Friday, October 18, 2013

Before we give our Catholic schools a failing grade...: C.C.


The current state of Catholic education has recently sparked my attention after reading an article from The Catholic Register entitled Catholic schools failing at making disciples. Catholic education is often at the forefront of much criticism, and it seems that the initial intention and agenda for Catholic education in Ontario has faded and fallen short of accomplishing what it had initially set out to do. There is no simple explanation or solution for the point that we have reached, however by taking a look back (and for many a first look) at what Catholic education in Ontario was aimed at accomplishing we can potentially begin to slowly mend the current reality.  
  In 1989, the Catholic Bishops of Ontario gathered and created a wonderful document entitled This Moment of Promise, that explored the role, duties, obligations, beauty, and fundamentals of Catholic education in Ontario. It is definitely worth reading and reflecting upon.        
   Before we give our Catholic schools a failing grade for not making disciples, we must also look into the reality of the way in which we as the faithful carry out our daily mission in deed and word. In seeking to create these young disciples we must ask ourselves if we are bold enough to be apostles. This lack of discipleship is not a recent issue, but it is one that has occurred over time. Idealistically the role of the Catholic educator should be one that reflects this below.....
"Prime responsibility for creating this unique Christian school climate rests with the teachers, as individuals and as a community. The religious dimension of the school climate is expressed through the celebration of Christian values in Word and Sacrament, in individual behavior, in friendly and harmonious interpersonal relationships, and in a ready availability. Through this daily witness,, the students will come to appreciate the uniqueness of the environment to which their youth has been entrusted. If it is not present, then there is little left which can make the school Catholic.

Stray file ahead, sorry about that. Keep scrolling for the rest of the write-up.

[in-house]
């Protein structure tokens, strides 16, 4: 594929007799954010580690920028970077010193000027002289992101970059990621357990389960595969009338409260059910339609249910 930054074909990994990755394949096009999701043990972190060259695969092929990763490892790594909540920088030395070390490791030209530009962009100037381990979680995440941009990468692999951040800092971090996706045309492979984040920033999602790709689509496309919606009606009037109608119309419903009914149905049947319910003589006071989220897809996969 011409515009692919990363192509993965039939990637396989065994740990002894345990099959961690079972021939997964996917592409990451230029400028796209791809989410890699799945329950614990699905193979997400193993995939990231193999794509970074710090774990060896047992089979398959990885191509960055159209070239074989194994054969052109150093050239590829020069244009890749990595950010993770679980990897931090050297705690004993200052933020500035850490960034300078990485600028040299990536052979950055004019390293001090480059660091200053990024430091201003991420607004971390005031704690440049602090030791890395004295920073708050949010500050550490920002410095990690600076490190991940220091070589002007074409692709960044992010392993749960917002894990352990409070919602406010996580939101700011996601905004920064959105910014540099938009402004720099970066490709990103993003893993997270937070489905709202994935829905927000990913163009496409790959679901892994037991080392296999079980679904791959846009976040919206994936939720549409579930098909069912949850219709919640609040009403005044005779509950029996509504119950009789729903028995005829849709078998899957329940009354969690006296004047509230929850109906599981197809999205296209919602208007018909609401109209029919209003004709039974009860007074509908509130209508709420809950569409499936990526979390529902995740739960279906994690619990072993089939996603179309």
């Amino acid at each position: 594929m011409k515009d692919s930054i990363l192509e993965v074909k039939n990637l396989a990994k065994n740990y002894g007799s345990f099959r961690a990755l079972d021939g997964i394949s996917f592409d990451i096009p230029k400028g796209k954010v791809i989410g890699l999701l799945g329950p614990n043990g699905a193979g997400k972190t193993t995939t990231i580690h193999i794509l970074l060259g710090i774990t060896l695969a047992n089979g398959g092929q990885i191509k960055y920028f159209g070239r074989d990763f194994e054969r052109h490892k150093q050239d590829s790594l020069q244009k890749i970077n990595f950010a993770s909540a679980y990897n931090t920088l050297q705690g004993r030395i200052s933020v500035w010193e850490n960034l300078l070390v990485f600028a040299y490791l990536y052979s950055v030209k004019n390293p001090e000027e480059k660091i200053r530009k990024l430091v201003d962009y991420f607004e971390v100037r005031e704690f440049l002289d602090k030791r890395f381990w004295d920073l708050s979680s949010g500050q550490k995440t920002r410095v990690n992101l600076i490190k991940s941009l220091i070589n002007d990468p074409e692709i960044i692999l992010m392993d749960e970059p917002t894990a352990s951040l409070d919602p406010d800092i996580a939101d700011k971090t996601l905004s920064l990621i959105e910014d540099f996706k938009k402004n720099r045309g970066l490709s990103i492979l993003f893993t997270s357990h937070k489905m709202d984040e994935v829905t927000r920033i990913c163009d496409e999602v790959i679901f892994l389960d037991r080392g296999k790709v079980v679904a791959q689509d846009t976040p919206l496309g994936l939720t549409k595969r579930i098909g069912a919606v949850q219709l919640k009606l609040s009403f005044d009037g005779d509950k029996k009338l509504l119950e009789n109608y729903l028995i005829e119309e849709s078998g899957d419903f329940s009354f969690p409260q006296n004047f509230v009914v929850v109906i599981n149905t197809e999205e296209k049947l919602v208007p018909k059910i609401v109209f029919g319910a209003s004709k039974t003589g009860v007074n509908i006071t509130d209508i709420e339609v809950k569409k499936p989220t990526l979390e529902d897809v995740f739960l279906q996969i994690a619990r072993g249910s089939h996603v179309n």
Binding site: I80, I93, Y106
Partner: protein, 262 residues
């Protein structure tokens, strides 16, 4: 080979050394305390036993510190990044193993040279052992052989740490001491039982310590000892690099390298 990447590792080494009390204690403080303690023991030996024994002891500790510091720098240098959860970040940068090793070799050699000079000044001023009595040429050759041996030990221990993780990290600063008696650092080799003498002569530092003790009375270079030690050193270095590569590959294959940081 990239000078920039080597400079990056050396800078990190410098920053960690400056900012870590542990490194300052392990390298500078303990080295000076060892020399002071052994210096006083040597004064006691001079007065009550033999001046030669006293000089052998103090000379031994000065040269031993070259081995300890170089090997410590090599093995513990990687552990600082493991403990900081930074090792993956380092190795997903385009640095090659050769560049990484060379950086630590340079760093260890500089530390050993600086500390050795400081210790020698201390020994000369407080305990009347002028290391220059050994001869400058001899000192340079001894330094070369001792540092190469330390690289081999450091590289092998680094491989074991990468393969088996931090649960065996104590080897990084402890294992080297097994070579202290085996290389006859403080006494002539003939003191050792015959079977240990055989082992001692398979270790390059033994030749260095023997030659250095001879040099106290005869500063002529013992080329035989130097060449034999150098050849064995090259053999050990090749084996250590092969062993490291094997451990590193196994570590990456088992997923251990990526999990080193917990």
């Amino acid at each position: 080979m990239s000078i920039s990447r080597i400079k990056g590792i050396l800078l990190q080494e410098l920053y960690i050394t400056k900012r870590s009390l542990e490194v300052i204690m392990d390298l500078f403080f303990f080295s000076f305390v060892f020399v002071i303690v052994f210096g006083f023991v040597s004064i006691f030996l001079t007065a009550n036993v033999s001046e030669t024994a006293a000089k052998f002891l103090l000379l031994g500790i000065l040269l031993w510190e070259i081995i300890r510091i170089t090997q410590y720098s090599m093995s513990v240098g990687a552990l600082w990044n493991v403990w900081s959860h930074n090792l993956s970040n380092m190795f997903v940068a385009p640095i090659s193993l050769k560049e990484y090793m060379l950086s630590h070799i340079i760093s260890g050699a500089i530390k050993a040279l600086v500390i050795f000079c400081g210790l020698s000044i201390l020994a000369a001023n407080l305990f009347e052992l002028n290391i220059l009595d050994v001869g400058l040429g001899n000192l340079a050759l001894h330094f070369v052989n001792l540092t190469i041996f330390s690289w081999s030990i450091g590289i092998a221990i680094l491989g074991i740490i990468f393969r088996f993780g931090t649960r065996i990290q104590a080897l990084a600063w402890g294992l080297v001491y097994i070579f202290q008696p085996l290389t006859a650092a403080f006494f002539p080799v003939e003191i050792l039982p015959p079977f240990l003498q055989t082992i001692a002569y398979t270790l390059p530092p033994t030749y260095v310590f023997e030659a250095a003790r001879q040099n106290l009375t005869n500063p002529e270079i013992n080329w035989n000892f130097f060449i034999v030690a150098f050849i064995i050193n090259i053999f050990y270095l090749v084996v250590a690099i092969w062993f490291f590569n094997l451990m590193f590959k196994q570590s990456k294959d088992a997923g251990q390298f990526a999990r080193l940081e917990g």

(The Religious Dimension of Education in a Catholic School, S.C. for Catholic Education, 1988, para. 26).
"If it is not present, then there is little left which can make the school Catholic"! If our teachers are called to "witness to the hope that is within them", then our work as missionaries is not limited to ensuring that our students encounter Jesus Christ, but also that these educators first become apostles for the faith and are prepared properly. The reality is that many educators within the Catholic school system have also been "failed" throughout their Catholic school experiences.
   The transformation and renewal that needs to happen will progress as those imbued with the Gospel begin to share, shine, and send forth the light of Christ to those they encounter. The work of the faithful needs to remain one of love and not simply criticism. Let us continue to persevere in our desire to create disciples and surrender our work to the Lord's will and remain trusting. "Making disciples" is a collective effort, and not the sole responsibility of a school board, parish, priest, or educator. It is the responsibility of all those initiated into the Catholic faith to provide opportunities for one to encounter Christ. And, while the article says that the schools "should not stress the Mass but create other opportunities for students to meet Jesus and make a decision to follow Him."..  I feel that we must stress the truth about the Mass and the beautiful reality of Jesus present to us in the Blessed Sacrament;trusting that it is our Lord who intercedes above all, who has called us, and will intercede by inspiring the decision to follow Him and begin the journey of discipleship.(C.C.)